For most people, buying a brand new Ferrari can be nothing more than a dream. When it comes to expense, the tradeoff of owning a brand new Ferrari is just impractical for the average person. Of course, there are ways to bargain ownership of a luxury super car, and one of those ways is by buying used. There are pros and cons to buying a used Ferrari, and perhaps the biggest pro is the cost. They are more affordable and practical in terms of value and expense. If you wish to make a move on your dream of owning a Ferrari, there’s one model that you should definitely consider: the Ferrari 360 Moderna.
Brief history of the Moderna
The 360 Moderna was once Ferrari’s saving grace. The Italian luxury car manufacturer saw a remarkable decline in production quality and sales throughout the 90s, and it was an unprecedented event for the historically successful company. Former Ferrari President Luca di Montezemelo sought to raise the company morale and standards back up, especially in the realm of sports cars and Formula 1. His solution was the 360 Moderna.
The Moderna saw production from 2000 to 2004, and it didn’t get a warm reception the way Ferrari intended. However, the Moderna brought Ferrari to the masses. With the combination of performance and refinement, the 360 Moderna was a practical Ferrari—made for the every day drive and almost for the every day man. The manufacturer produced 17,000 360 Moderna vehicles throughout its production, and the every day man can own one with a capital of $70,000 to $90,000. There are literally thousands of options out there, but it’s best if you take the time to sift through your options to find the best one for you. Here’s a short guide to help you find the best possible used Ferrari 360 Moderna.
The first thing you need to consider when buying a Ferrari 360 Moderna is the model year. It might not be applicable to other makes and models, but it definitely does for this particular Ferrari. The 360 Moderna came in two main body styles, a hardtop and a soft-top convertible dubbed as 360 Spider. There was also a high performance version released in 2004, the 360 Challenger Stradale. The 360 Moderna was far from perfect when it was first released, and many of its kinks weren’t ironed out until the later models. Some of these issues include frame cracking, fluid leaks, old engine software, and motor mount issues among a few others. While Ferrari addressed these issues in later models, earlier models will serve just as well as long as they received the proper manufacturer updates.
One of the biggest issues that Ferrari had to contend with in its early 360 Moderna production was a problem with the cam variator. As part of an engine’s Variable Valve Timing System, the cam variator works to alter the timing of the valve lift. This system improves gas mileage, lower harmful emissions, and ensure high performance altogether. The 360 Moderna’s early cam variators often failed, which caused serious damage to the engines. After a recall, Ferrari fixed the problem with a simple system update. However, not all models received this update. This is why it’s important for you to check the VIN of a potential Moderna buy to make sure it received the proper updates before proceeding with a purchase.
As far as service updates go, it’s necessary to check a Ferrari’s service history not just to check the camshaft variator update. The 360 Moderna was required to receive major service every 3 to 5 years. Suffice it to say, not all owners heeded this service recommendation, especially on Ferraris that were barely used. It’s highly suggested that you opt for a pre-purchase inspection before buying any 360 Moderna you might be interested in. Checking the service history record will also allow you to inspect any other issues the particular 360 Moderna might have had—whether it was related to existing problems from production or not. If only to guarantee that all the check engine lights are addressed, having an inspection done will release you of any anxieties about the future.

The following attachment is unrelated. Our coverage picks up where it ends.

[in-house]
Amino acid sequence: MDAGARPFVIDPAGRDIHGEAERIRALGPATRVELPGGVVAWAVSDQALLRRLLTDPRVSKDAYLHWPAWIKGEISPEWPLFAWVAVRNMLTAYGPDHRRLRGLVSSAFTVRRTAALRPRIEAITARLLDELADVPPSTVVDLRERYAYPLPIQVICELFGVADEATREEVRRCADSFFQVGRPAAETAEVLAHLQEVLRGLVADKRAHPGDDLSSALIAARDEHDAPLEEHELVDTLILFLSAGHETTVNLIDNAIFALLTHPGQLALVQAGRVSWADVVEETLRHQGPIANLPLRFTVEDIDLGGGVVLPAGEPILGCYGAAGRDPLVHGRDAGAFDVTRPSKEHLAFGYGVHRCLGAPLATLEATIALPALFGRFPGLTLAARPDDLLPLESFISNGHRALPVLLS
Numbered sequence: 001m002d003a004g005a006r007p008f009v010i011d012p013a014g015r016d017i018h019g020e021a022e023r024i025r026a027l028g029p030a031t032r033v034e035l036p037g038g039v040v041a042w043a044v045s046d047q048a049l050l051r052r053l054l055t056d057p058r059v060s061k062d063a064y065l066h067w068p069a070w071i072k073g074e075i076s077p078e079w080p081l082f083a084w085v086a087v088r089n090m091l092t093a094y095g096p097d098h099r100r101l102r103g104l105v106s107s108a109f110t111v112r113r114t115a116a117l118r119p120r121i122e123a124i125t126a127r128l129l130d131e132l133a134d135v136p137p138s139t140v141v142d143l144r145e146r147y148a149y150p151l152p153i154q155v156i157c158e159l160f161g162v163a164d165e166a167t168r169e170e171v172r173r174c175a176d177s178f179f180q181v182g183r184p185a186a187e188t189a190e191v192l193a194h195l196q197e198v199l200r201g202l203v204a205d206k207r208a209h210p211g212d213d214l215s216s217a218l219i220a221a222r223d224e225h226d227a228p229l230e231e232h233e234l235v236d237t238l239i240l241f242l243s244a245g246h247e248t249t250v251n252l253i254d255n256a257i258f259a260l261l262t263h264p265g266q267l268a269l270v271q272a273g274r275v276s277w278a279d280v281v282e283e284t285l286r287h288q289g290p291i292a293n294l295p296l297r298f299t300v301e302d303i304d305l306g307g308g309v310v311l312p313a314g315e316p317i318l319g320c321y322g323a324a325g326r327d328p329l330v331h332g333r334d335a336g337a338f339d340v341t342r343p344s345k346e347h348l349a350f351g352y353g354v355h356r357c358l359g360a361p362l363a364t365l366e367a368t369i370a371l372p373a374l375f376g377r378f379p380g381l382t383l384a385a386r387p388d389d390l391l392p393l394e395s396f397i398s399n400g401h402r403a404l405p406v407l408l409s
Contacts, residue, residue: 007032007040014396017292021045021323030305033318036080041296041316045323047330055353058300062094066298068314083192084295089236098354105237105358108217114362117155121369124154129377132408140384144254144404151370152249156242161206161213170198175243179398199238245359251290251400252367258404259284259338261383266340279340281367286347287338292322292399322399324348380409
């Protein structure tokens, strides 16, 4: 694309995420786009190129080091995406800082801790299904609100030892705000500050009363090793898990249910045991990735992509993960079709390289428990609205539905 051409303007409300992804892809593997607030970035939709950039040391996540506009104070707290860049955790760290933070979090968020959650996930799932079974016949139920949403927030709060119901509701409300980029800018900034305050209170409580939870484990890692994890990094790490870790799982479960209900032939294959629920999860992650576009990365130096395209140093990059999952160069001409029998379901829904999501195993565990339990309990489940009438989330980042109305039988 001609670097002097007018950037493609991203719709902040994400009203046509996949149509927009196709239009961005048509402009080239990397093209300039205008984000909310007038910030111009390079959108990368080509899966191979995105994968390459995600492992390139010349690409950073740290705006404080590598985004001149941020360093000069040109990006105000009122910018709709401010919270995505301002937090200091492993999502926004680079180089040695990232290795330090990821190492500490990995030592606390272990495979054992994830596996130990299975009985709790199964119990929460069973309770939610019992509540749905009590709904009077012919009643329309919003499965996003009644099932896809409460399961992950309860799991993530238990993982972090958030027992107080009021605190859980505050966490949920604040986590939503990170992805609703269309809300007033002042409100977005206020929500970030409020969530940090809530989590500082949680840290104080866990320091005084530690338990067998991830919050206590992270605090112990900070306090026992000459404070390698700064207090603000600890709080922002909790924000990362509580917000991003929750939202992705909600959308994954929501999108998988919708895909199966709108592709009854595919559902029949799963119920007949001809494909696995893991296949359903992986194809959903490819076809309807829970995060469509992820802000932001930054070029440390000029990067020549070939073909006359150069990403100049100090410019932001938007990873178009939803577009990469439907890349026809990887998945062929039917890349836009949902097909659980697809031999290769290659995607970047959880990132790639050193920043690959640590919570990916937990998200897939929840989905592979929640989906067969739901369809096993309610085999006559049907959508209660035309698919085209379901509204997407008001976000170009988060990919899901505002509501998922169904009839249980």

A Ferrari purist might argue against this case, but truth is many supercars leave the lot only to be modified later on. If it doesn’t already come as a customization, a supercar may very well endure a sizeable modification in order to satisfy a buyer’s purpose. As per the Ferrari 360 Moderna, one of the most common modifications done on the vehicle is the exhaust system. Typical exterior modifications may include aftermarket wheels, grille updates, and the like.
The interiors of the 360 Moderna—or of any supercars for that matter—typically gets the most modification. It can be as simple as a stereo upgrade or it can be completely involved like a performance modification. For example, if a Moderna is rigged with a roll cage or racing harness, it will give the impression that the vehicle was probably used for racing. This almost always stands for extra wear and tear on the car, so it would be wise to get another inspection if you see any such modifications.
Apart from all these Moderna-specific factors, you can also inspect a used Ferrari much like how you would examine any used car. At first glance, you can check the conditions of superficial finishing, the paint, tires, the leather seats, dash, and so forth. You can make sure the lights work and all other electrical factors as well. Every little damages you can find will end up becoming an added expense for you, so consider these well. It helps to stay as objective as possible when examining a prospective Ferrari 360 Moderna. Only once you’ve checked all the boxes can you giddy up in excitement.
Written by Benjamin Smith
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